Review the articles linked with each individual motive. Rank the
motives from 1 to 7 as the motives that you think make the most sense (being 1) to the least sense (being 7). Explain why you rank each motive the way you rank it.
- for money
- multiple reason
Money motivation for cybercrime makes the most sense because money is one of the primary motivations for cyber crime. In many cases, individuals or organized crime groups engage in cybercrime for financial gain. This can take the form of theft of personal information, such as credit card numbers and Social Security numbers, which can be sold on the black market. Other common forms of cybercrime for financial gain include banking and financial fraud, ransomware attacks, and online scams. Additionally, some cyber criminals engage in “ransomware-as-a-service,” where they rent out their tools and services to others who want to carry out ransomware attacks. These attackers can make substantial profits by extorting money from victims in exchange for unlocking their encrypted files.
Political motivations can play a significant role in driving cybercrime and the use of cyberattacks as a tool for political purposes is a growing concern. It’s important for governments, organizations, and individuals to be aware of these threats and take steps to protect themselves and their systems from political motivated cyberattacks.
Some individuals may engage in cybercrime for entertainment or personal satisfaction. This can include hacking into systems or networks just for the thrill of it, or to prove their technical skills to others. In some cases, these individuals may participate in hacking challenges or competitions, where they attempt to find vulnerabilities in systems or networks. In short, while entertainment may be a motivation for some individuals to engage in cybercrime, it’s crucial to understand that these actions can have serious consequences and should not be taken lightly.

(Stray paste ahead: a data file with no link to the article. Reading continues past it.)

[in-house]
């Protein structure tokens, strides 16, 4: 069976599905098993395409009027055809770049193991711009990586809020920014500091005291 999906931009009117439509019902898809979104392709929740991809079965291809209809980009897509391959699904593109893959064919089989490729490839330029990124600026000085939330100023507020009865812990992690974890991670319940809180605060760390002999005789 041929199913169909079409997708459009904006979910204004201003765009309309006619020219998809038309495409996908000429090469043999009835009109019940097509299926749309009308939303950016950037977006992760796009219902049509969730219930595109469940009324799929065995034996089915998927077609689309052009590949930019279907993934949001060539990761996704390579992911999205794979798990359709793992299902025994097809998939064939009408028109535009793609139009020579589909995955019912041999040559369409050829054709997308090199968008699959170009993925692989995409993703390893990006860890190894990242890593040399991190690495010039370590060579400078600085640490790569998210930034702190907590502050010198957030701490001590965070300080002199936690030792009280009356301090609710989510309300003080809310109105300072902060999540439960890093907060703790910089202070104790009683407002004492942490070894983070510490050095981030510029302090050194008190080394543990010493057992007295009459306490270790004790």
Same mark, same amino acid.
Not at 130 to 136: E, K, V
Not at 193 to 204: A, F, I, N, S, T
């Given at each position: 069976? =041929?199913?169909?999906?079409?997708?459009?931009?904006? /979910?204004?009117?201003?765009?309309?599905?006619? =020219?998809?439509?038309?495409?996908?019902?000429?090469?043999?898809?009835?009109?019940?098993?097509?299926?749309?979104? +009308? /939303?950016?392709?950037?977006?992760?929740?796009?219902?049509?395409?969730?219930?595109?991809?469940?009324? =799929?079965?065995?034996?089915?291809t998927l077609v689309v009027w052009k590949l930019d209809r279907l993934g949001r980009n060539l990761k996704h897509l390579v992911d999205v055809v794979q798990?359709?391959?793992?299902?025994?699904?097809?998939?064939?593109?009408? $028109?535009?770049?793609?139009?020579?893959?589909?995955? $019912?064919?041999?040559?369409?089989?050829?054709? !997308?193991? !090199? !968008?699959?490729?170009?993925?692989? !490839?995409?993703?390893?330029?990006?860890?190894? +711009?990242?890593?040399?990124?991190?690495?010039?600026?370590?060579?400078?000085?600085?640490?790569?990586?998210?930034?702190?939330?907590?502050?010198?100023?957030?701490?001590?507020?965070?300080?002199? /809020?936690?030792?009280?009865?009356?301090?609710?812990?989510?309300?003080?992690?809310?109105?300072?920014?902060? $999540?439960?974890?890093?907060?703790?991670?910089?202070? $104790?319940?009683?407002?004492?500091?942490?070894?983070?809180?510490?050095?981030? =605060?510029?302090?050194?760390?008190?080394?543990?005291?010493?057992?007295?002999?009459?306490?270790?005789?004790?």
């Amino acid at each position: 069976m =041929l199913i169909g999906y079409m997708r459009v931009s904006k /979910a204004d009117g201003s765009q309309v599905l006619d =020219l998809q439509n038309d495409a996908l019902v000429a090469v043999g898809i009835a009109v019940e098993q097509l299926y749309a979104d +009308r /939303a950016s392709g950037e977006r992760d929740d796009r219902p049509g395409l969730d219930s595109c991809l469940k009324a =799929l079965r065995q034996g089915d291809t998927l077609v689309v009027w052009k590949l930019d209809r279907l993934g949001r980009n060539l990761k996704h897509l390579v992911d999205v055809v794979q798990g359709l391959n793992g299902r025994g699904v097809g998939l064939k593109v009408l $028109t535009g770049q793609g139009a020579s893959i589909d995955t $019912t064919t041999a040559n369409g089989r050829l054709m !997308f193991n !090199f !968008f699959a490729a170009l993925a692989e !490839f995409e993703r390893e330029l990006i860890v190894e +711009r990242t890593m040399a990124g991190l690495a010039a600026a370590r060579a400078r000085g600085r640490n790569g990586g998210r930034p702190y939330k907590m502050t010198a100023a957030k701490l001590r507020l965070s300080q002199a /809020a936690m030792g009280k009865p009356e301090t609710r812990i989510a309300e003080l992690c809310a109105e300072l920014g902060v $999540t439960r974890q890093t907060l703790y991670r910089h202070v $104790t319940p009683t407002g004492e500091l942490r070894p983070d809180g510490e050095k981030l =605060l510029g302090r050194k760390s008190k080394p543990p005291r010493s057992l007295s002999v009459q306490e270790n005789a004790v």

Revenge can also be a motivation for some individuals to engage in cybercrime. This can take the form of cyberattacks aimed at individuals or organizations that the attacker feels have wronged them in some way. For example, an individual may launch a cyberattack against a former employer in retaliation for being fired or against a romantic partner after a breakup. In some cases, these attacks can be carried out using tactics such as spreading false information, compromising personal or financial information, or disrupting the target’s operations.
Recognition or fame can also be a motivation for some individuals to engage in cybercrime. This can take the form of individuals or groups seeking attention for their technical skills or accomplishments, such as by successfully hacking into high-profile systems or networks.
Boredom can also be a motivation for some individuals to engage in cybercrime. This can take the form of individuals who are looking for excitement or stimulation, and turn to hacking or other forms of cybercrime as a way to pass the time or challenge themselves. In some cases, these individuals may start out as hobbyists or enthusiasts, but their activities can quickly escalate into illegal or harmful behavior. For example, an individual who is bored may start by exploring vulnerable systems or networks for fun, but eventually move on to more serious crimes like theft or blackmail.